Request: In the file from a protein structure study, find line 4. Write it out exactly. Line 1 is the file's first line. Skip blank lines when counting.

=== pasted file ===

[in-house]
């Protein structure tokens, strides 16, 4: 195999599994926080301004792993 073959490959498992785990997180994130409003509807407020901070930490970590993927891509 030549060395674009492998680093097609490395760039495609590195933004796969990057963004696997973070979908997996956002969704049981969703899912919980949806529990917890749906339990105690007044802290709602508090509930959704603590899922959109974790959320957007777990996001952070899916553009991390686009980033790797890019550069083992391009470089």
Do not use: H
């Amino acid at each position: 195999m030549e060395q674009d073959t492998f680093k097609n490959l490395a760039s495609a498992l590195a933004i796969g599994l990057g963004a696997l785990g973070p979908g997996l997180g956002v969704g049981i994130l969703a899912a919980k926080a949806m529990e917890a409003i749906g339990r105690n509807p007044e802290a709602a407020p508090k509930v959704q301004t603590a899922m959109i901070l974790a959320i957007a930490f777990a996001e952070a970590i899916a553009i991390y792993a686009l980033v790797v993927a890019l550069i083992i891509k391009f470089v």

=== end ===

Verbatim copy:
């Amino acid at each position: 195999m030549e060395q674009d073959t492998f680093k097609n490959l490395a760039s495609a498992l590195a933004i796969g599994l990057g963004a696997l785990g973070p979908g997996l997180g956002v969704g049981i994130l969703a899912a919980k926080a949806m529990e917890a409003i749906g339990r105690n509807p007044e802290a709602a407020p508090k509930v959704q301004t603590a899922m959109i901070l974790a959320i957007a930490f777990a996001e952070a970590i899916a553009i991390y792993a686009l980033v790797v993927a890019l550069i083992i891509k391009f470089v």